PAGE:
doctor with mammogram
Women's Health and Wellness

Breast Arterial Calcifications Could Signal Cardiovascular Disease

A 2016 study done at The Reading Hospital in Pennsylvania may lead medical professionals to rethink how they view breast arterial calcifications (BACs) on routine mammograms. Long believed to be as relatively benign, BACs could signal an increased risk of more serious health problems, including heart disease and stroke. The study results were presented at the 2016 Annual Meeting of The North American Menopause Society (NAMS) in Orlando, October 5th to 8th. The research involved ten years of follow up with 1,029 women who had BAC data at baseline but did not show signs of cardiovascular disease at time of recruitment.

The well-studied intimal layer calcifications are strongly associated with cardiovascular disease-related morbidity and mortality. However, BACs are calcifications of the medial layer of breast arteries and, by extension, generally perceived as merely benign findings. For this reason, BACs have been inconsistently reported on mammography to date.

Because the true clinical significance of BAC presence has not been well studied, this study was undertaken to assess whether the presence of BACs on routine mammograms could be an early marker for predicting the development of cardiovascular disease in women who did not present symptoms at baseline. The study showed that the presence of BACs may be specifically associated with a significantly increased ten-year risk of developing both coronary artery disease and stroke in asymptomatic women.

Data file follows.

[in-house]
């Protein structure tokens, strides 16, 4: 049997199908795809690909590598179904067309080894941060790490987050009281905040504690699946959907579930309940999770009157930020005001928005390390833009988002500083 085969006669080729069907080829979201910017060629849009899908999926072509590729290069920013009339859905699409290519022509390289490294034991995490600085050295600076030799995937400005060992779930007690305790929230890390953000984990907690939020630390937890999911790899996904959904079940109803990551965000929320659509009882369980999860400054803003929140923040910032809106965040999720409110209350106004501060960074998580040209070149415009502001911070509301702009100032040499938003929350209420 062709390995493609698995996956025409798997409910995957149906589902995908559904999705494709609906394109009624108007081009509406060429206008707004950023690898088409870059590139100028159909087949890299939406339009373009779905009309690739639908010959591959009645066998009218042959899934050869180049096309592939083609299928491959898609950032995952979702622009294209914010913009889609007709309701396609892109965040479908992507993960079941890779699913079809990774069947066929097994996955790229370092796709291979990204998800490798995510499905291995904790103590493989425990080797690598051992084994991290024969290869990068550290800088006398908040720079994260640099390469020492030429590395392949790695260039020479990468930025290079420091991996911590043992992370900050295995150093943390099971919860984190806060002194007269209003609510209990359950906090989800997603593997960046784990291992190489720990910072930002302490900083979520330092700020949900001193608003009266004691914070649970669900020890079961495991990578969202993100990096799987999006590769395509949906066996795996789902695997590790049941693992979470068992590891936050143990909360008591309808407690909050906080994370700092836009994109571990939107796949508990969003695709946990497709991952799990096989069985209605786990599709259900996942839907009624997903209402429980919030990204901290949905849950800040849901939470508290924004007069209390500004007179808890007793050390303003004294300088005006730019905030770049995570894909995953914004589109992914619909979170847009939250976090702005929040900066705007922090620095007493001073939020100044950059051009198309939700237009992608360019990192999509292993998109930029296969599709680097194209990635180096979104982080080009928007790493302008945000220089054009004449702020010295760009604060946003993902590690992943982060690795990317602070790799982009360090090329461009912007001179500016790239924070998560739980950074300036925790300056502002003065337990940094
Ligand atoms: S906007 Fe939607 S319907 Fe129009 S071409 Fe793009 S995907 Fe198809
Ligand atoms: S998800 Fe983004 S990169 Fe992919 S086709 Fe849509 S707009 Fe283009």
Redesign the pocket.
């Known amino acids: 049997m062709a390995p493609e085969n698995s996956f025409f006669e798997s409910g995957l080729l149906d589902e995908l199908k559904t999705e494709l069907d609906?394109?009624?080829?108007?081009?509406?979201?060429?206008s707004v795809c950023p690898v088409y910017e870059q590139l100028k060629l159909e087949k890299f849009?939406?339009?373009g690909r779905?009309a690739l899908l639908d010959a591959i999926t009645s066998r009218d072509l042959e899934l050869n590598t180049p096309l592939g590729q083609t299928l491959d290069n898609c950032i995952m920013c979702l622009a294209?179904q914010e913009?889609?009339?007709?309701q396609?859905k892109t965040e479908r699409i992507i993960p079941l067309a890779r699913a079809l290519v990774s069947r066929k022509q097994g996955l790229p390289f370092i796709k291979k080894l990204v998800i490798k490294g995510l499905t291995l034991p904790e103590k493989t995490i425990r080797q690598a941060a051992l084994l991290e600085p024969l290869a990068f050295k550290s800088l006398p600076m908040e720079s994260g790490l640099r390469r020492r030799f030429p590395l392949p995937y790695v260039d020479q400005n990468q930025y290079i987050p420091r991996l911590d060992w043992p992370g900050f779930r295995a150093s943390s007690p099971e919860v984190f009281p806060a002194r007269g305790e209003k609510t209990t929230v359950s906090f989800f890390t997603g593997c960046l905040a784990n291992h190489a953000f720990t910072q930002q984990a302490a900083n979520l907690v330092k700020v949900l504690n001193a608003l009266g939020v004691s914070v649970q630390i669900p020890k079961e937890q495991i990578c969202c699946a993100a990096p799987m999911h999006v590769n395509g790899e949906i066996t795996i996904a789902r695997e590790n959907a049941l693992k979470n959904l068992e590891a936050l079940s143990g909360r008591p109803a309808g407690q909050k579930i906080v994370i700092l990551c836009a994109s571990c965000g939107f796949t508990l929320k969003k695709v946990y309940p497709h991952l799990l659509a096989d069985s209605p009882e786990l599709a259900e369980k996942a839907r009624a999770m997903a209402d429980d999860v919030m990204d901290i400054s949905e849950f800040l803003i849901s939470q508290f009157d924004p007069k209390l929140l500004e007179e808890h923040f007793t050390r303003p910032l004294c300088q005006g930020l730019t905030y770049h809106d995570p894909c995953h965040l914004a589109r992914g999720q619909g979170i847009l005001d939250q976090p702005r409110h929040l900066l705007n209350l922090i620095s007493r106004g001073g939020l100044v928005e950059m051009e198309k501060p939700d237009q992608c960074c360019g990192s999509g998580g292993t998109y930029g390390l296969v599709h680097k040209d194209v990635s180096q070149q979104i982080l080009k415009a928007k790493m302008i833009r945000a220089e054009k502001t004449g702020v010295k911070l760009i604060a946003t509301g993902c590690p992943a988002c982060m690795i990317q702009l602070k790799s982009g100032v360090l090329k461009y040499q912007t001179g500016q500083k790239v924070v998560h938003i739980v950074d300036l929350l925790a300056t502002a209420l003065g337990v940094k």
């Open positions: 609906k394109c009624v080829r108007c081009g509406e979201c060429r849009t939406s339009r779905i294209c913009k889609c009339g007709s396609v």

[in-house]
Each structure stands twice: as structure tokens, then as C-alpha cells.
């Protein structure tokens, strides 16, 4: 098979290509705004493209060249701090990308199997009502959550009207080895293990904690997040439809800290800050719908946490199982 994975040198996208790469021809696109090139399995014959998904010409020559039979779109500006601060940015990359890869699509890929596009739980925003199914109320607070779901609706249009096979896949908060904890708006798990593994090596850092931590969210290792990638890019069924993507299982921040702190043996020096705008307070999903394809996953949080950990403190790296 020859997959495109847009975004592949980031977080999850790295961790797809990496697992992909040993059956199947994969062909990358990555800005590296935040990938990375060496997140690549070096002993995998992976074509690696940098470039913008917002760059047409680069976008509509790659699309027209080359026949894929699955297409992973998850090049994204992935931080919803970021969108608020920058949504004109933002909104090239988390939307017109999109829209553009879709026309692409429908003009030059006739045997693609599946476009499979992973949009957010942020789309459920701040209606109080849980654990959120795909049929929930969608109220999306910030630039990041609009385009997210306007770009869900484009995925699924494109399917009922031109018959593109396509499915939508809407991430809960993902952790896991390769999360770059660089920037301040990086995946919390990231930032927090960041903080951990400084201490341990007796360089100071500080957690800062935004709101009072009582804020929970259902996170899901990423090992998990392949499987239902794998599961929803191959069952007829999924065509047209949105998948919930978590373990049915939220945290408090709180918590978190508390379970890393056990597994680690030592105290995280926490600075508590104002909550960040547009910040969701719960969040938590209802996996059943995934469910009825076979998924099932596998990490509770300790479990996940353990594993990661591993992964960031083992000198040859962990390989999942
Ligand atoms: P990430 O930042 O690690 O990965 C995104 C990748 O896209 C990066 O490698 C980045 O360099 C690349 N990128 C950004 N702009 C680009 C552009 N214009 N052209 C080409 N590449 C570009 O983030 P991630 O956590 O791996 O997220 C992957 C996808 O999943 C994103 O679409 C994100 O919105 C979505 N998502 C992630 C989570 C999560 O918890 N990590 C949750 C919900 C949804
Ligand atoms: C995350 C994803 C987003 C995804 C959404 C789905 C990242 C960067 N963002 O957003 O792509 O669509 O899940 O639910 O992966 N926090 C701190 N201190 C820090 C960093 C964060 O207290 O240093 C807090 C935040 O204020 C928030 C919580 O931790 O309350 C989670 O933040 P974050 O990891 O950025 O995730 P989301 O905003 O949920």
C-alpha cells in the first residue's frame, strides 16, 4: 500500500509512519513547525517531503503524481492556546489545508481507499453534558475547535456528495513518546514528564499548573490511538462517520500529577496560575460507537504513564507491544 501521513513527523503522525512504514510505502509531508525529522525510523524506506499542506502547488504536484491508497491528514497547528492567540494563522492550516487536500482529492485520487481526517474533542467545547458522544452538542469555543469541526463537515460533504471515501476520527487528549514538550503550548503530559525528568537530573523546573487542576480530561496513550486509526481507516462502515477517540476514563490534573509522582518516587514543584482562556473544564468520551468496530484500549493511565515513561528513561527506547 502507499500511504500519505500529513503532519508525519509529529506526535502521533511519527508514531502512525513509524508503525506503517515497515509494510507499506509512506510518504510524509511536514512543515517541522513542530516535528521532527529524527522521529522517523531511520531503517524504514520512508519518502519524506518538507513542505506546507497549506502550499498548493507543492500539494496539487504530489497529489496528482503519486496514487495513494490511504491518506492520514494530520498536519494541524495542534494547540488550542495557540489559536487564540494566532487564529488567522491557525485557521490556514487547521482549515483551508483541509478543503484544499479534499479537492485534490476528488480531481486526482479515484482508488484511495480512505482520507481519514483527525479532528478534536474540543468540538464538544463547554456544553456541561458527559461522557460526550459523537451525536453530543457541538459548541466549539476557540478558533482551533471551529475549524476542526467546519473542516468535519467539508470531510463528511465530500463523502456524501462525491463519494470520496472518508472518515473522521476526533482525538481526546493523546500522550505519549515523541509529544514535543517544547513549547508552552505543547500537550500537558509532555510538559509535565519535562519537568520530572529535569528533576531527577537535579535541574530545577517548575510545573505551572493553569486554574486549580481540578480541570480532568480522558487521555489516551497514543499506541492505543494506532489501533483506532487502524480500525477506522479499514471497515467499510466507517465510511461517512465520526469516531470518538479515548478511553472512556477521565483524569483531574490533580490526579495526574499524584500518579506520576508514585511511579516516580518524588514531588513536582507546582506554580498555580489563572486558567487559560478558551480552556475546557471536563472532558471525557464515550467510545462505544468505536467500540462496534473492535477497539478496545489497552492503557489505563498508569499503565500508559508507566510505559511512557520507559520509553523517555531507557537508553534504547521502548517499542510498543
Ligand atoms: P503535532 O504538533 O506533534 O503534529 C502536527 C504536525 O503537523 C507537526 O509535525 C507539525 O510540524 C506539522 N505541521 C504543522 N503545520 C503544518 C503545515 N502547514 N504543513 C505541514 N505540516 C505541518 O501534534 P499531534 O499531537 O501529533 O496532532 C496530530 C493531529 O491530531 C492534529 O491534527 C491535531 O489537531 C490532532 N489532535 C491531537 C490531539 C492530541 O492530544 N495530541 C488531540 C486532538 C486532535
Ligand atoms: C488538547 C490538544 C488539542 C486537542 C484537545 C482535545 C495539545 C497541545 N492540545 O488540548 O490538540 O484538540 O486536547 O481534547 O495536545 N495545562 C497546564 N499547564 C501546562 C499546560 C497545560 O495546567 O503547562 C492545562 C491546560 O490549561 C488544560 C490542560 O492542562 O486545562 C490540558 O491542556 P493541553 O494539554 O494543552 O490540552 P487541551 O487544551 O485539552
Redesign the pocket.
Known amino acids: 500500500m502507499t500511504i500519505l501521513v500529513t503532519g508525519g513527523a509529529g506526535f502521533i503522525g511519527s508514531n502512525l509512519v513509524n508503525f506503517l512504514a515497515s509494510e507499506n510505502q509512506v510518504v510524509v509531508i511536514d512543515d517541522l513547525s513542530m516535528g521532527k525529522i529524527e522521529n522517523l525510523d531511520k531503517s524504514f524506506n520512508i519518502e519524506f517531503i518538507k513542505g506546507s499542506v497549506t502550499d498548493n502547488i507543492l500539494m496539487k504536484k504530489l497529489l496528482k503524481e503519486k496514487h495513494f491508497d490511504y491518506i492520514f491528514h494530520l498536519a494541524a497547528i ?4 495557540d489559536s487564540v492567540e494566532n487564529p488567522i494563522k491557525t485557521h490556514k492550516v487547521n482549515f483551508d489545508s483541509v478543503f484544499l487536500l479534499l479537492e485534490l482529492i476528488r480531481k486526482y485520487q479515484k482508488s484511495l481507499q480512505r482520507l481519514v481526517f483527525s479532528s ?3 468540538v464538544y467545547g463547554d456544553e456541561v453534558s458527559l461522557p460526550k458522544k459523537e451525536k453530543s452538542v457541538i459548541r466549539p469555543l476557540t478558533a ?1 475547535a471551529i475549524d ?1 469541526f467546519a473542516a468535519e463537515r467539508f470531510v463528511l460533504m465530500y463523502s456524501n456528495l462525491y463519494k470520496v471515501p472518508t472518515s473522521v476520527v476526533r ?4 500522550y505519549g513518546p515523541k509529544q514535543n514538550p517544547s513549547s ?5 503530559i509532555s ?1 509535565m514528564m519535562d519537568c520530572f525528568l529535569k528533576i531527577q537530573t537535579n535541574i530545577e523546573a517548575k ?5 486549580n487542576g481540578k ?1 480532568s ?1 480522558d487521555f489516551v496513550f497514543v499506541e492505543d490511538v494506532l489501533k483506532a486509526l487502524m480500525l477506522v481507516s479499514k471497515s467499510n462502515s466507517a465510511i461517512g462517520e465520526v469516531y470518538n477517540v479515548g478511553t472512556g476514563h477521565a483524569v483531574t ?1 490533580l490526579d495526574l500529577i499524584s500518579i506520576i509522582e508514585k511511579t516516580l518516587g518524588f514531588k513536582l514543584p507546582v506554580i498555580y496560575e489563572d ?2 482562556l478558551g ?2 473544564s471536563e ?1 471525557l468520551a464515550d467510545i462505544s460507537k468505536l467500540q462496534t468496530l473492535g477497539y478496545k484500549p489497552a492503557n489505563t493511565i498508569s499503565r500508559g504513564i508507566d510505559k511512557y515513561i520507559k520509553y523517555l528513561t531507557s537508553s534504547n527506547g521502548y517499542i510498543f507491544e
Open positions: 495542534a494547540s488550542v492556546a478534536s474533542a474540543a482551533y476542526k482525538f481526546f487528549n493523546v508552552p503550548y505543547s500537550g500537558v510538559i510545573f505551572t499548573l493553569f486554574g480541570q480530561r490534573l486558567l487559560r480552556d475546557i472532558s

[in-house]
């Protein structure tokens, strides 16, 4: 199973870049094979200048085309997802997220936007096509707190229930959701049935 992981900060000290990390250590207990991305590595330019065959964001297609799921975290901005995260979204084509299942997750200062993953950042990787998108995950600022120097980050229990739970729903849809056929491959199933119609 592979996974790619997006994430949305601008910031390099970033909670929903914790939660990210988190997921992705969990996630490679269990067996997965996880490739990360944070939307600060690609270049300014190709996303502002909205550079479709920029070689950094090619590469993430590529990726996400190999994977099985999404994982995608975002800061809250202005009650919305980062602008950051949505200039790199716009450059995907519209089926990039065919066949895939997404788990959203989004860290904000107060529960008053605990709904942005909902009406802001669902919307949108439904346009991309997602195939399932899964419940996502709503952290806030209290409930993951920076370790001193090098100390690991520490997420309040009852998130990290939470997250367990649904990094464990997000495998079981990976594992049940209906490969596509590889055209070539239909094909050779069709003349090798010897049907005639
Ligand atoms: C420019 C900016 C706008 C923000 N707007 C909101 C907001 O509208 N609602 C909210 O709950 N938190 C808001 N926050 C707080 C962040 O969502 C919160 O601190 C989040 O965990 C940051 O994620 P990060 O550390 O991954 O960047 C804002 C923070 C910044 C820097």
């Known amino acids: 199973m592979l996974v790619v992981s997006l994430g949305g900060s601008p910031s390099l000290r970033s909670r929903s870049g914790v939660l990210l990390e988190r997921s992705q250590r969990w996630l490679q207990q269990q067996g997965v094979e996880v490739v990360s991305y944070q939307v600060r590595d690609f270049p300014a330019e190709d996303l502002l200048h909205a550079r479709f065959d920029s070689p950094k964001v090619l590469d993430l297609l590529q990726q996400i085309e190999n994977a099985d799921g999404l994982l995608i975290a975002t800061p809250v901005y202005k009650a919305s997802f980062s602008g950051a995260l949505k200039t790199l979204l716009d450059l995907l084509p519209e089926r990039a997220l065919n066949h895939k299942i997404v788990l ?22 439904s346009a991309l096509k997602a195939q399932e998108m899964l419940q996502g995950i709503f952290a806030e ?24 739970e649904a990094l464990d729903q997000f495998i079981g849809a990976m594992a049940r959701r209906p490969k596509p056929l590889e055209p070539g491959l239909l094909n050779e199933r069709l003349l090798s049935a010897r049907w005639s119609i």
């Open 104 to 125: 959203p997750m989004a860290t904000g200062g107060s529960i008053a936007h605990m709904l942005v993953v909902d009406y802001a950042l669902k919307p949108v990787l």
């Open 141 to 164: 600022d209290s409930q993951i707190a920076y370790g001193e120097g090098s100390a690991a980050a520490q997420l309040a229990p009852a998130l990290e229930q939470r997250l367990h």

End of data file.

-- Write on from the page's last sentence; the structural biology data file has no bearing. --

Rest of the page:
A release from NAMS quotes lead author Ragad Asmaro, MD, from Drexel University College of Medicine as saying, “After controlling for age, we found that BAC-positive women were 2.3 times more likely to have coronary artery disease and 3.2 times more likely to have a stroke.

In addition, NAMS executive director Dr. JoAnn Pinkerton is quoted as saying, “This study raises questions about the potential long-term health implications of BACs and demonstrates a need to conduct additional large population-based studies to confirm BAC as a predictor of future development of cardiovascular disease.”

“The ability to gain additional screening benefits from a test that is already routinely done, namely a mammogram, would offer a huge advantage without additional costs,” says Dr. Peter Schnatz, Study Primary Investigator and NAMS President. Dr. Xuezhi (Daniel) Jiang, one of the authors, also points out that this would offer a major advance in women’s health care, if these results can be confirmed.

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